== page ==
In the past, quarrying, mining, heavy industry, farming, textiles, and fishing have all played an important role in the economic life of Meirionnydd, and then they have faded. Now the one enduring industry that we can count on not only to survive, but if properly managed to provide growth in the years to come, is tourism.
Tourism has long since overtaken farming in the size of its contribution it makes to the Welsh economy. Even if Brexit marks the end of the long-standing EU vendetta against hill farmers, and future UK governments give this sector of agriculture the support it so desperately needs and deserves, recovery will take decades.
Arguably, the only exploitable major natural resource that rural Wales still posses is its landscape, and this is a resource that will become ever more valuable and marketable as other areas in the UK continue to be industrialised and urbanised. An increasingly affluent and mobile population will continue to seek out places where they can still experience rural life and tranquillity during their leisure time.
It is very strange therefor, that the Welsh Government seems to be jeopardising this vital resource by means of new measures outlined in a document called the Future Landscapes Wales report. If implemented, these would lead to the national parks, which have safeguarded the most precious and irreplaceable areas of rural Wales since the end of the war, being replaced by bodies that will not have a remit to properly protect and manage their natural beauty, wildlife and cultural heritage, but will be focused on development.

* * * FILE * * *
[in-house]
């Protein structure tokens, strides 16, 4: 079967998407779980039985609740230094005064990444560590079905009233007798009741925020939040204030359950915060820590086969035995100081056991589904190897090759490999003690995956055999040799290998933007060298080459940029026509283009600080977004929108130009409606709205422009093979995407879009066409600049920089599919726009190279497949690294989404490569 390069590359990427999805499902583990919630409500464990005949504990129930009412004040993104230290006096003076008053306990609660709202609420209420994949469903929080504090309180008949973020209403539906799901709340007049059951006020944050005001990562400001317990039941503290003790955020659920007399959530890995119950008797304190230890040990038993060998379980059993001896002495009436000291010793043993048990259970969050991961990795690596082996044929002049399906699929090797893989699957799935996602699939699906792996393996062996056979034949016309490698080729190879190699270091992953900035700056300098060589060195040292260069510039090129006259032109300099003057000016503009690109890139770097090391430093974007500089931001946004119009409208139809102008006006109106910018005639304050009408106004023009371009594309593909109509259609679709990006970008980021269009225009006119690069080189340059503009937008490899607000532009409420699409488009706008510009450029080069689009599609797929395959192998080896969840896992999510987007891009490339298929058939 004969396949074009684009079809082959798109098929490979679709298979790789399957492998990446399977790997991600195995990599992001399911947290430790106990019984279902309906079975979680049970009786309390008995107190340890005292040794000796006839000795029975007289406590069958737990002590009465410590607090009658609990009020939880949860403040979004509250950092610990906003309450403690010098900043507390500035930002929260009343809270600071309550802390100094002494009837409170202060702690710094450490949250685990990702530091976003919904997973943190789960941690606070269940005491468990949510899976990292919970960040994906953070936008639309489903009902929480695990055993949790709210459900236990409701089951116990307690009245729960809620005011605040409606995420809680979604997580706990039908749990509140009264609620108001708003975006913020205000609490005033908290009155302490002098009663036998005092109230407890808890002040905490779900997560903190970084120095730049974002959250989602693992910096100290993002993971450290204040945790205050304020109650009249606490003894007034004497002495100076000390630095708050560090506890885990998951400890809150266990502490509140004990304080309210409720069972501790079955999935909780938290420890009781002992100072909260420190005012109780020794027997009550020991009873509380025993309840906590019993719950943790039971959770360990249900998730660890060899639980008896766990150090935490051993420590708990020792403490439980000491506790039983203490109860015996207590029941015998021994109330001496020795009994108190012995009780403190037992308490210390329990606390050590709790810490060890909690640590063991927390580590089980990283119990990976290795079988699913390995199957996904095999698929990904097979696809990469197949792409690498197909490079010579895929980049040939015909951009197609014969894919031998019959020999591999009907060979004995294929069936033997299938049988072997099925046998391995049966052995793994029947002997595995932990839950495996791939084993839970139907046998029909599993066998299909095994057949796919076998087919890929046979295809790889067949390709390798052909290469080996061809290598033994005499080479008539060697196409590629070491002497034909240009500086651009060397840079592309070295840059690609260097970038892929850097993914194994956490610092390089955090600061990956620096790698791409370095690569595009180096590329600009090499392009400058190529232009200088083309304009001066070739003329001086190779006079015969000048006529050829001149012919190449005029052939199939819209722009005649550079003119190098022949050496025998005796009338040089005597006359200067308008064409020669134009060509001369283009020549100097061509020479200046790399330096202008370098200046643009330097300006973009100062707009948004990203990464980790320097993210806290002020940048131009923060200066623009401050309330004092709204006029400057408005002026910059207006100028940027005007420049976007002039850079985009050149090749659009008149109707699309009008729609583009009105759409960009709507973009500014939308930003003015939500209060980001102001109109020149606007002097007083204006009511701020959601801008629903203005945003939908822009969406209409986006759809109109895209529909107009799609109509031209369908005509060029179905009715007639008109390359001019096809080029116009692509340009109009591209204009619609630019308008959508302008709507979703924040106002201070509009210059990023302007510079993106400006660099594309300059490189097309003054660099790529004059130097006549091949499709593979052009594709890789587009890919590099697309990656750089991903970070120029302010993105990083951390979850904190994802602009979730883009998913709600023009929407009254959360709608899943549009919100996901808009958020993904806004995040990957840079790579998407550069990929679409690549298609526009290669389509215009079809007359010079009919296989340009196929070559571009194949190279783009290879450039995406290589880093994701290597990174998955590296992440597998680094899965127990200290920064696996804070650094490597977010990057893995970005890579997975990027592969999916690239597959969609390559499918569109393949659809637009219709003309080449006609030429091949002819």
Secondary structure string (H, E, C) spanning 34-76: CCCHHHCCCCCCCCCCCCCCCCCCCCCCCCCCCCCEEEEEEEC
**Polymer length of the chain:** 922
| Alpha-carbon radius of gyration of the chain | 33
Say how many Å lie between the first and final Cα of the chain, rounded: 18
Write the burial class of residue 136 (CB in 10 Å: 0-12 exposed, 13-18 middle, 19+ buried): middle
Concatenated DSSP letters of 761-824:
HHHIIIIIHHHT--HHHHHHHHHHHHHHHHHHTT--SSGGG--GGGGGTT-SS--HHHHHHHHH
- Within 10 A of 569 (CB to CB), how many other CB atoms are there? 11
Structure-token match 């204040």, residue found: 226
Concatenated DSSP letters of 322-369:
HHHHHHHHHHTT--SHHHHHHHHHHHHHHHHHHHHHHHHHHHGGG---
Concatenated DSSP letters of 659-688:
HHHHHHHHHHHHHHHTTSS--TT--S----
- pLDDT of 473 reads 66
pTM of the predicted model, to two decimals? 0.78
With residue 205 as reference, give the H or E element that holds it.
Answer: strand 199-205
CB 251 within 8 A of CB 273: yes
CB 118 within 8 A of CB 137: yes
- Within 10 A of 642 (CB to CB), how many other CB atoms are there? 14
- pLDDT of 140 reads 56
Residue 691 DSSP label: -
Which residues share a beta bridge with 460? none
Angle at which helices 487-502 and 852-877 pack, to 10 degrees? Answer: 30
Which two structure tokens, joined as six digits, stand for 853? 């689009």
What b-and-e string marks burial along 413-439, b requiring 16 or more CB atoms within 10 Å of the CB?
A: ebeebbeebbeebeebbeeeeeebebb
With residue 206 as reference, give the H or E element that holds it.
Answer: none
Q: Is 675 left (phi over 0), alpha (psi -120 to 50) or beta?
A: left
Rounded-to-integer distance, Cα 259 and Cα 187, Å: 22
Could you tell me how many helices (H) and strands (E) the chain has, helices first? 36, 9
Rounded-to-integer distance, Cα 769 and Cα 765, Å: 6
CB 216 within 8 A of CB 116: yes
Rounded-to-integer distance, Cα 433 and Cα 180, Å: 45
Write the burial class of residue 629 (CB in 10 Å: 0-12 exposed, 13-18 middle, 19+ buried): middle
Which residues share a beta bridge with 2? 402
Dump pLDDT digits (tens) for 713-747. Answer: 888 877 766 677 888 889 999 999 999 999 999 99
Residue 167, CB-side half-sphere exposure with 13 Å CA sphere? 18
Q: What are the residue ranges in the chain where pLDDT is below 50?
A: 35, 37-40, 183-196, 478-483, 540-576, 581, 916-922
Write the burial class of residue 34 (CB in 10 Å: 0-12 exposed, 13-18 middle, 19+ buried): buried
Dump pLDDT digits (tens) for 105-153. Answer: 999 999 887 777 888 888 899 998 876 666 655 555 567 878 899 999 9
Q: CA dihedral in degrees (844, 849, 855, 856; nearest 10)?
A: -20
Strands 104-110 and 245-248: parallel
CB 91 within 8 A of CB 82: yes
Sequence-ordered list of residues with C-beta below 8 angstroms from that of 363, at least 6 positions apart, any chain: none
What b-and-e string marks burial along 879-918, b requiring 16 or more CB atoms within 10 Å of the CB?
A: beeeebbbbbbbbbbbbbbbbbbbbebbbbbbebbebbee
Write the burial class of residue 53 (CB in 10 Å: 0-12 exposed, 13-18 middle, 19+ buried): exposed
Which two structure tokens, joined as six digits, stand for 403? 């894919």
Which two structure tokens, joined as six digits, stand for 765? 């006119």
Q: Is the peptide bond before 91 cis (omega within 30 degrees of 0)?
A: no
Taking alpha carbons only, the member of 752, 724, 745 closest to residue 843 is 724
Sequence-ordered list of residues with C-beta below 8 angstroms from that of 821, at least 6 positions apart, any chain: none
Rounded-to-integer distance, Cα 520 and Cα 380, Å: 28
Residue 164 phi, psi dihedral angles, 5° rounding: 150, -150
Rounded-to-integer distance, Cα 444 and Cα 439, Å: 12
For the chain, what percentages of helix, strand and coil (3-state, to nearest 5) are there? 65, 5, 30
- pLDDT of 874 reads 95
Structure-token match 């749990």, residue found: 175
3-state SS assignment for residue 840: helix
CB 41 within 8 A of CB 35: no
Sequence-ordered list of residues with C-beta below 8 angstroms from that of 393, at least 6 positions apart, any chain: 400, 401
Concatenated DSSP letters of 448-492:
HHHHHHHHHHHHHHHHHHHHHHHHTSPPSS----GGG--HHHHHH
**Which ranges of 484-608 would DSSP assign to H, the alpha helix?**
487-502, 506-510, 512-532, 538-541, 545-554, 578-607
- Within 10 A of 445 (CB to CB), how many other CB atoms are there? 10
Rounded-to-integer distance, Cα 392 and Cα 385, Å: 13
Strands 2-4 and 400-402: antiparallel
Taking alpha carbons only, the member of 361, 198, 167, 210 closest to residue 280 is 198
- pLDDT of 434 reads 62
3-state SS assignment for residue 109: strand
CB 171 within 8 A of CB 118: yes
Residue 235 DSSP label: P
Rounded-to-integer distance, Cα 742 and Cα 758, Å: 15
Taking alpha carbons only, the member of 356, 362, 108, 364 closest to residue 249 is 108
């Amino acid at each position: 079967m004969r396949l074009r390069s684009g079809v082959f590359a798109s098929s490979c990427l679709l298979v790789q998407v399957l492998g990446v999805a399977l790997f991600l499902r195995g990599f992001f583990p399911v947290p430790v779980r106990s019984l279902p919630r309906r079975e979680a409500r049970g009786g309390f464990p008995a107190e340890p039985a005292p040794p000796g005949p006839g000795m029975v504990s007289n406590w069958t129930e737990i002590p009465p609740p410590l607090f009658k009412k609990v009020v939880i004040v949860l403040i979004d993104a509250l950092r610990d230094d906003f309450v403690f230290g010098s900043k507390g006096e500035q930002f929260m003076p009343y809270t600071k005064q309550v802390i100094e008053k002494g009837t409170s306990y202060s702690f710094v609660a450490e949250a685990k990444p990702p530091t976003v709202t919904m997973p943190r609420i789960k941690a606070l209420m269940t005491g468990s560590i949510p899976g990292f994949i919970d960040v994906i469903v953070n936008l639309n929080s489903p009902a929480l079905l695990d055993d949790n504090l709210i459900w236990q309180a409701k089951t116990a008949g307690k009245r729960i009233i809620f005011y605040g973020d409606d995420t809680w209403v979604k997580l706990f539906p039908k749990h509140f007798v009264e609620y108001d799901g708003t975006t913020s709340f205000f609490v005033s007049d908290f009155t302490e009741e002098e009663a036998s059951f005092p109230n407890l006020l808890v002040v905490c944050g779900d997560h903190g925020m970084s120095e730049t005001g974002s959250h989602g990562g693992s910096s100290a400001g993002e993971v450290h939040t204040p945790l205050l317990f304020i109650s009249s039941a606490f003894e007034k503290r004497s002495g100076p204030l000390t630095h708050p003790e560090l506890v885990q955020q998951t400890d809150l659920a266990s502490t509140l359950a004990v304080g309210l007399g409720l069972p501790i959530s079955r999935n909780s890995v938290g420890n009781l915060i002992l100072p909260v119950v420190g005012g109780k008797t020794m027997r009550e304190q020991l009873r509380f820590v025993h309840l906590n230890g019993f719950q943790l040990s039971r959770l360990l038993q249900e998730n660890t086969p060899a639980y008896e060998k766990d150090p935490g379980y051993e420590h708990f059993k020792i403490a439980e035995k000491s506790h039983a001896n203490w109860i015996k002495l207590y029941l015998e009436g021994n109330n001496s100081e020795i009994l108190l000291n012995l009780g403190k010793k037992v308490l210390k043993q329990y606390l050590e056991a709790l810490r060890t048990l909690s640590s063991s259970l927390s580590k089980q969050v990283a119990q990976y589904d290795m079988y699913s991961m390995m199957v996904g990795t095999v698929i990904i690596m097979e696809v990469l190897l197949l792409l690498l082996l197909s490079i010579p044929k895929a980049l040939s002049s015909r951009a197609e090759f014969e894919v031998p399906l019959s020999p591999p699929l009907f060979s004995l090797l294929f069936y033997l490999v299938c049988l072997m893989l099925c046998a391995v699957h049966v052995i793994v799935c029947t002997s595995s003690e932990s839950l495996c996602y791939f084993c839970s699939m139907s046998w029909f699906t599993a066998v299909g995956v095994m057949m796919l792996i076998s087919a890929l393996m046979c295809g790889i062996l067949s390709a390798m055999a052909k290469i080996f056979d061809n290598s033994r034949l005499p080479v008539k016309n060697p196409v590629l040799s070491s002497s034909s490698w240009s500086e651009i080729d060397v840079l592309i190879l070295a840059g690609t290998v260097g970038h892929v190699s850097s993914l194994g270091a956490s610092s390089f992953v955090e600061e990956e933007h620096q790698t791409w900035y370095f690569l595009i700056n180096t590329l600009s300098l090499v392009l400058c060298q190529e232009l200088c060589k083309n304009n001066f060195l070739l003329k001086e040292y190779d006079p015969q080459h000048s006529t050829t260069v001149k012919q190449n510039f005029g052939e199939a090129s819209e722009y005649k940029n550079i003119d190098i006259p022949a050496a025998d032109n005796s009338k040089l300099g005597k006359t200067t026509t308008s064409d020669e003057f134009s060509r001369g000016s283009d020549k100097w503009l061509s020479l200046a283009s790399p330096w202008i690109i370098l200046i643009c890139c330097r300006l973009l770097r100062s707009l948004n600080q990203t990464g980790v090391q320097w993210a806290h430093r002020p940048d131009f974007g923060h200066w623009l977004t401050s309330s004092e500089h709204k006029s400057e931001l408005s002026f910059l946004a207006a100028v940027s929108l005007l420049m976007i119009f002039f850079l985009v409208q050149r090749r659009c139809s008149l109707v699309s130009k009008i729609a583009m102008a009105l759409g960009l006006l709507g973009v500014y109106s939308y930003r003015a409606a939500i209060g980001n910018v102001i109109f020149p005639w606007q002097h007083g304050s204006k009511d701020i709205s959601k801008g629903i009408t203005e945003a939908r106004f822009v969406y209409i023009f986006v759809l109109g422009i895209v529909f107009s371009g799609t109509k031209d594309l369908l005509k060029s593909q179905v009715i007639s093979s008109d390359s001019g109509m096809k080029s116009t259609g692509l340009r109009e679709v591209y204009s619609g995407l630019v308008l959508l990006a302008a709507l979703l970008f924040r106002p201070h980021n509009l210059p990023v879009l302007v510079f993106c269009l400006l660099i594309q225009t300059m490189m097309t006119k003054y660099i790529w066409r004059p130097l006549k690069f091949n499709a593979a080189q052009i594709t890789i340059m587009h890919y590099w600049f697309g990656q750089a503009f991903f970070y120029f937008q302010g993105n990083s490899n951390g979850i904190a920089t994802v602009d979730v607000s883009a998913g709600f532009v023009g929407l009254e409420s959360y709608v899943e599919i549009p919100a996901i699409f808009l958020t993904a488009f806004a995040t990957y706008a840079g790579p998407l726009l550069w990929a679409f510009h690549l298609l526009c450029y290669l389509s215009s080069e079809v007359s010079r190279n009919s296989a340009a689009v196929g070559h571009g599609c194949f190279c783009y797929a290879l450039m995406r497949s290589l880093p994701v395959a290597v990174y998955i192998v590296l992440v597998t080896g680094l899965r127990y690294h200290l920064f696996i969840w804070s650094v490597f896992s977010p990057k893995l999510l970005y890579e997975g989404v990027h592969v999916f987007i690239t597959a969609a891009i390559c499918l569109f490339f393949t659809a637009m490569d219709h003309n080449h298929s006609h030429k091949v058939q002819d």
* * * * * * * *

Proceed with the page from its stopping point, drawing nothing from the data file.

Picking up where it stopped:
Of course development is essential even in the national park areas, but surly it must be compatible with preserving the landscape. Otherwise the assets that make rural Wales unique, and attract millions of visitors from all over the world each year, will be impaired. Instead of growth in tourism’s contribution to the economy we will see stagnation or worse.
More information about what is happening, and how you can help, can be found here:
Two final points. Apparently, the Future Landscapes Wales measures are the brainchild of none other than Lord Dafydd Elis Thomas, who also claims credit for being the man behind the present Llanbedr Bypass scheme, although he refuses to admit that it is a bypass. Behind the scenes briefings suggest the his motivation hinges on the national parks not being Welsh enough, but it is hard to see how even he can really think that Welshness and preserving the landscape are incompatible.
Secondly, some years ago the Snowdonia Society deservedly got a very bad reputation in this area when it conducted a quite unscrupulous campaign to prevent Llanbedr Airfield reopening. At that time, it was being run by a discredited labour politician and a retired civil servant who had a holiday cottage in Llanbedr. It is now under new, and very different, management and has returned to its original, and immensely useful, role as envisaged by its redoubtable founder, Esme Kirby. That is to act as a watchdog safeguarding the life, culture and landscape of the national park.
If you care about Llanbedr, and other rural communities in the Snowdonia National Park, do please spare a moment or two to make your views known to your elected representatives in the Senedd before 6th June 2017.